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CloudWatch Client - AWS SDK for JavaScript v3

@aws-sdk/client-cloudwatch

NPM version NPM downloads

Description

AWS SDK for JavaScript CloudWatch Client for Node.js, Browser and React Native.

Amazon CloudWatch monitors your Amazon Web Services (Amazon Web Services) resources and the applications you run on Amazon Web Services in real time. You can use CloudWatch to collect and track metrics, which are the variables you want to measure for your resources and applications.

CloudWatch alarms send notifications or automatically change the resources you are monitoring based on rules that you define. For example, you can monitor the CPU usage and disk reads and writes of your Amazon EC2 instances. Then, use this data to determine whether you should launch additional instances to handle increased load. You can also use this data to stop under-used instances to save money.

In addition to monitoring the built-in metrics that come with Amazon Web Services, you can monitor your own custom metrics. With CloudWatch, you gain system-wide visibility into resource utilization, application performance, and operational health.

Installing

To install the this package, simply type add or install @aws-sdk/client-cloudwatch using your favorite package manager:

  • npm install @aws-sdk/client-cloudwatch
  • yarn add @aws-sdk/client-cloudwatch
  • pnpm add @aws-sdk/client-cloudwatch

Getting Started

Import

The AWS SDK is modulized by clients and commands. To send a request, you only need to import the CloudWatchClient and the commands you need, for example DeleteAlarmsCommand:

// ES5 example
const { CloudWatchClient, DeleteAlarmsCommand } = require("@aws-sdk/client-cloudwatch");
// ES6+ example
import { CloudWatchClient, DeleteAlarmsCommand } from "@aws-sdk/client-cloudwatch";

Usage

To send a request, you:

  • Initiate client with configuration (e.g. credentials, region).
  • Initiate command with input parameters.
  • Call send operation on client with command object as input.
  • If you are using a custom http handler, you may call destroy() to close open connections.
// a client can be shared by different commands.
const client = new CloudWatchClient({ region: "REGION" });

const params = {
  /** input parameters */
};
const command = new DeleteAlarmsCommand(params);

Async/await

We recommend using await operator to wait for the promise returned by send operation as follows:

// async/await.
try {
  const data = await client.send(command);
  // process data.
} catch (error) {
  // error handling.
} finally {
  // finally.
}

Async-await is clean, concise, intuitive, easy to debug and has better error handling as compared to using Promise chains or callbacks.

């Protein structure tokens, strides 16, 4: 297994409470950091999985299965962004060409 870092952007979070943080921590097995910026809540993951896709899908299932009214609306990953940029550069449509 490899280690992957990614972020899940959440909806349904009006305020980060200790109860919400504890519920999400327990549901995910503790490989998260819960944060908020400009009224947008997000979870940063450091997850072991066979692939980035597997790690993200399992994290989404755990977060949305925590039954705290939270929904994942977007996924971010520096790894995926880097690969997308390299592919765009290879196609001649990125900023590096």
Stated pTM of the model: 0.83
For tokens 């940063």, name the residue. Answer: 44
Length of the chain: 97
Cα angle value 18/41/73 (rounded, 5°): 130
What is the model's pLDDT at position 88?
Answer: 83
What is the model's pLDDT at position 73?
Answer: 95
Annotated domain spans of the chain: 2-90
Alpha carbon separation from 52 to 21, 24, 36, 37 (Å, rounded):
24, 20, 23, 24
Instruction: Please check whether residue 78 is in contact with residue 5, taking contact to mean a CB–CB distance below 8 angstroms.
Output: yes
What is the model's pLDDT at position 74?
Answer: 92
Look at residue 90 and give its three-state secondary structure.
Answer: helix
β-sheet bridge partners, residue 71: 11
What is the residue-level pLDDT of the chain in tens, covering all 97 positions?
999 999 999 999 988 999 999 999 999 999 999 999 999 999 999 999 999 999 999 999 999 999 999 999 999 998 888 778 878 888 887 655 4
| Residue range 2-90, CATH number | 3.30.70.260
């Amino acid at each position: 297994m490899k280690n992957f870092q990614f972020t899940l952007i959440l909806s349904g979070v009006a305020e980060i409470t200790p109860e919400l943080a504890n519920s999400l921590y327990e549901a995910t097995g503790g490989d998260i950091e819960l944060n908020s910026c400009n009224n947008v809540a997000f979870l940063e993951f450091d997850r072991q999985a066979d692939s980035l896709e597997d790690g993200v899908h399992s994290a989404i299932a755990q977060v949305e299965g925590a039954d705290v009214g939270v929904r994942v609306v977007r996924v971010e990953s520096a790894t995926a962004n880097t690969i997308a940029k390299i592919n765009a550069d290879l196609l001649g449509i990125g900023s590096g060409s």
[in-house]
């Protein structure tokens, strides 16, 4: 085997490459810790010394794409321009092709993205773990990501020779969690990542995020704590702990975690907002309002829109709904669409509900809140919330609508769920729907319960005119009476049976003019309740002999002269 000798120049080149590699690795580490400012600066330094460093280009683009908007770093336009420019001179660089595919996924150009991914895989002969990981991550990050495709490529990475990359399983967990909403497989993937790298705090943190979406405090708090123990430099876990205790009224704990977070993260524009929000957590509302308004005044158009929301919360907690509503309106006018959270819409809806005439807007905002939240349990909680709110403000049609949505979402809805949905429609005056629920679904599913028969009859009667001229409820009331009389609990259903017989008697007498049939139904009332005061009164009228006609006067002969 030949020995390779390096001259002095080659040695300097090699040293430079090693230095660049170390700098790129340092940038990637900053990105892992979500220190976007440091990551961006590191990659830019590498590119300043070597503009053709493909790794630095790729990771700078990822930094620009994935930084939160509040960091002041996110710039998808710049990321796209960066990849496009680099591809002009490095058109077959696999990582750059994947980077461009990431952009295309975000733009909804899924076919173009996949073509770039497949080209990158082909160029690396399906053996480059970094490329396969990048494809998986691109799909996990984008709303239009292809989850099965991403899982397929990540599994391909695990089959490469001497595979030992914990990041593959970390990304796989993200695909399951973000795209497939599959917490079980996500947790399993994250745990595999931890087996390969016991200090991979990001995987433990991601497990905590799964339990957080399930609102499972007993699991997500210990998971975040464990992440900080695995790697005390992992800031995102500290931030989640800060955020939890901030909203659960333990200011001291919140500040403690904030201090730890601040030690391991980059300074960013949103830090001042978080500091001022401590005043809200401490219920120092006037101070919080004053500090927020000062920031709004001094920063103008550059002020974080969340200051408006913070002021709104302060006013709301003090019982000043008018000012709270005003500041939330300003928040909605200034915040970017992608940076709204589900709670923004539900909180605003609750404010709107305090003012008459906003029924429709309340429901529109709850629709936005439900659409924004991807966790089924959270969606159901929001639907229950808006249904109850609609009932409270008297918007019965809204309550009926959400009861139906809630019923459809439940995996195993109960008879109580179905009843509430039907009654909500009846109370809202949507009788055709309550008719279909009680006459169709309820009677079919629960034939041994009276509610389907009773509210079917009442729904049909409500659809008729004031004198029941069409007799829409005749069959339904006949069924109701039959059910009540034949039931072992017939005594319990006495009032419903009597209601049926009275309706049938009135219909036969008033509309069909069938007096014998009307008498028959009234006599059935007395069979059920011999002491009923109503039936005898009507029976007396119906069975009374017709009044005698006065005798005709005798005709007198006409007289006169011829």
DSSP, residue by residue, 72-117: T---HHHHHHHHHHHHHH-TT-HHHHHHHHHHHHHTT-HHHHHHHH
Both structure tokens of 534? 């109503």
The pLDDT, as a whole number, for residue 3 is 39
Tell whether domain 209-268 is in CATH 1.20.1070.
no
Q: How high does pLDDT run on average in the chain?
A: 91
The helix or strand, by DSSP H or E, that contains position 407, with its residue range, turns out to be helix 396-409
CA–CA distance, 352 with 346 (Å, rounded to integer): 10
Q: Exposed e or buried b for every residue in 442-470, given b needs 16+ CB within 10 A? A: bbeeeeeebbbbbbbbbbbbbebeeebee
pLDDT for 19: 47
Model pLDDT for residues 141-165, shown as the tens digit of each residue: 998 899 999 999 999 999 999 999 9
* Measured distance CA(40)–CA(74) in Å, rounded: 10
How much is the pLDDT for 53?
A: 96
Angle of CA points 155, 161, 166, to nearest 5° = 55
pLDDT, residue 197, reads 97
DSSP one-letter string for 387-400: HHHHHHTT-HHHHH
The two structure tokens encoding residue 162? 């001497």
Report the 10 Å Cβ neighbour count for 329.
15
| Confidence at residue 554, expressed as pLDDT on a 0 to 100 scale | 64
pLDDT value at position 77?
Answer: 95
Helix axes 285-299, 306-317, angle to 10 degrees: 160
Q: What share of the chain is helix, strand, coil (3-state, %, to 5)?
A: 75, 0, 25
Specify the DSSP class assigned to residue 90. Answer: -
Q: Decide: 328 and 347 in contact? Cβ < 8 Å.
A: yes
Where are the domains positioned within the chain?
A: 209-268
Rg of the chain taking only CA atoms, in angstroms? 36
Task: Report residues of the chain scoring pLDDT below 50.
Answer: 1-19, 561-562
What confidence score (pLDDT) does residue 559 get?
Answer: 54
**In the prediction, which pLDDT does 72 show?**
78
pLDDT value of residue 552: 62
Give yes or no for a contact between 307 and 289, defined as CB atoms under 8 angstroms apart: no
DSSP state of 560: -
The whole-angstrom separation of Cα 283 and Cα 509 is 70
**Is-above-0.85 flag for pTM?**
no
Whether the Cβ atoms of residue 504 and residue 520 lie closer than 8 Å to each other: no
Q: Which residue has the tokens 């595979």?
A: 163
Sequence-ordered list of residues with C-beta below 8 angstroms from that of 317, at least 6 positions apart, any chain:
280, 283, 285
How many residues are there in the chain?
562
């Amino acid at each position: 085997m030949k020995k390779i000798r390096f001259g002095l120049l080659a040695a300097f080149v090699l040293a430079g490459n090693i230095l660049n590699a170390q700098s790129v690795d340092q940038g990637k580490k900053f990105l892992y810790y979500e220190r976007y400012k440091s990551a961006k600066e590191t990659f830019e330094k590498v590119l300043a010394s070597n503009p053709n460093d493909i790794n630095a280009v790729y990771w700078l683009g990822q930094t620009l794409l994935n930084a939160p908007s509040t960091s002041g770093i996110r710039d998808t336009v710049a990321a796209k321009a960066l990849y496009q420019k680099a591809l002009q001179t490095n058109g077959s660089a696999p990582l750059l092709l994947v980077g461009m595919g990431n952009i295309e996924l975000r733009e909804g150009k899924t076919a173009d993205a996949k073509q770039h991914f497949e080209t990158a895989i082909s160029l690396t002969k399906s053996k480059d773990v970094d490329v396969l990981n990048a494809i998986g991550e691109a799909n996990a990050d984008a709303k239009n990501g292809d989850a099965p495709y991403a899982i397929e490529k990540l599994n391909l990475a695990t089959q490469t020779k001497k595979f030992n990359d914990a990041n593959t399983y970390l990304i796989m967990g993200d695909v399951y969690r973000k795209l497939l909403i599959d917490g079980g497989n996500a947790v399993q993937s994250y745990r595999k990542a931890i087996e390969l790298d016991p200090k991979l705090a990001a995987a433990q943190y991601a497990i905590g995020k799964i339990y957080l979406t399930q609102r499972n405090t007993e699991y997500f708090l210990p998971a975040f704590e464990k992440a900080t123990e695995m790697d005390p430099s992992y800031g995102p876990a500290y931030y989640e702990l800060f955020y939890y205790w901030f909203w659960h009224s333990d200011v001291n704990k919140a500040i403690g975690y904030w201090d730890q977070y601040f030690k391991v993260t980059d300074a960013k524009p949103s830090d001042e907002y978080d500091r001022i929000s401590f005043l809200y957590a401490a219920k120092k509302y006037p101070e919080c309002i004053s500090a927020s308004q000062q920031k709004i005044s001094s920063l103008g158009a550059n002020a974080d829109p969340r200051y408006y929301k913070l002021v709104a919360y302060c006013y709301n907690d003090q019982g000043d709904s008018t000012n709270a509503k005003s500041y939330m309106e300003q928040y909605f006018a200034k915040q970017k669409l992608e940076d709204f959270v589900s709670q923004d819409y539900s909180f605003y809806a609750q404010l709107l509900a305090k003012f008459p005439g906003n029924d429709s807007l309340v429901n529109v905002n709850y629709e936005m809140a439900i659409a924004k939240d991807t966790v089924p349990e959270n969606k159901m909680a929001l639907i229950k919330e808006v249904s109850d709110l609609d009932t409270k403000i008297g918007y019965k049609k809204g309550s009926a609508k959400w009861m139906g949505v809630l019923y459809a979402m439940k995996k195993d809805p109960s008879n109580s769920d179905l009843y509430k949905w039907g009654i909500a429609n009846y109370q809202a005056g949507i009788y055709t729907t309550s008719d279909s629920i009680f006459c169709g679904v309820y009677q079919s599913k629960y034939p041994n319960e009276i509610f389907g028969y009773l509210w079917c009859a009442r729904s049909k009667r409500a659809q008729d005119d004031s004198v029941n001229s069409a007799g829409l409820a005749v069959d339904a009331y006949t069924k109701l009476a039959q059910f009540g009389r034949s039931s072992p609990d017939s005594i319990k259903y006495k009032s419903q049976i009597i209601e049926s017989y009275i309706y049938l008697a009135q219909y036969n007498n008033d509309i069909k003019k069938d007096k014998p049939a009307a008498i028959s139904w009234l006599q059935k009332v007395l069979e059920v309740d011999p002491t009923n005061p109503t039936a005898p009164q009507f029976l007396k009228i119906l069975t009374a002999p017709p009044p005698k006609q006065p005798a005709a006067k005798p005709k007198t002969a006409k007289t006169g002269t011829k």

Promises

You can also use Promise chaining to execute send operation.

client.send(command).then(
  (data) => {
    // process data.
  },
  (error) => {
    // error handling.
  }
);

Promises can also be called using .catch() and .finally() as follows:

client
  .send(command)
  .then((data) => {
    // process data.
  })
  .catch((error) => {
    // error handling.
  })
  .finally(() => {
    // finally.
  });

Callbacks

We do not recommend using callbacks because of callback hell, but they are supported by the send operation.

// callbacks.
client.send(command, (err, data) => {
  // proccess err and data.
});

v2 compatible style

The client can also send requests using v2 compatible style. However, it results in a bigger bundle size and may be dropped in next major version. More details in the blog post on modular packages in AWS SDK for JavaScript

import * as AWS from "@aws-sdk/client-cloudwatch";
const client = new AWS.CloudWatch({ region: "REGION" });

// async/await.
try {
  const data = await client.deleteAlarms(params);
  // process data.
} catch (error) {
  // error handling.
}

// Promises.
client
  .deleteAlarms(params)
  .then((data) => {
    // process data.
  })
  .catch((error) => {
    // error handling.
  });

// callbacks.
client.deleteAlarms(params, (err, data) => {
  // proccess err and data.
});

Troubleshooting

When the service returns an exception, the error will include the exception information, as well as response metadata (e.g. request id).

try {
  const data = await client.send(command);
  // process data.
} catch (error) {
  const { requestId, cfId, extendedRequestId } = error.$metadata;
  console.log({ requestId, cfId, extendedRequestId });
  /**
   * The keys within exceptions are also parsed.
   * You can access them by specifying exception names:
   * if (error.name === 'SomeServiceException') {
   *     const value = error.specialKeyInException;
   * }
   */
}

Getting Help

Please use these community resources for getting help. We use the GitHub issues for tracking bugs and feature requests, but have limited bandwidth to address them.

To test your universal JavaScript code in Node.js, browser and react-native environments, visit our code samples repo.

Contributing

This client code is generated automatically. Any modifications will be overwritten the next time the @aws-sdk/client-cloudwatch package is updated. To contribute to client you can check our generate clients scripts.

License

This SDK is distributed under the Apache License, Version 2.0, see LICENSE for more information.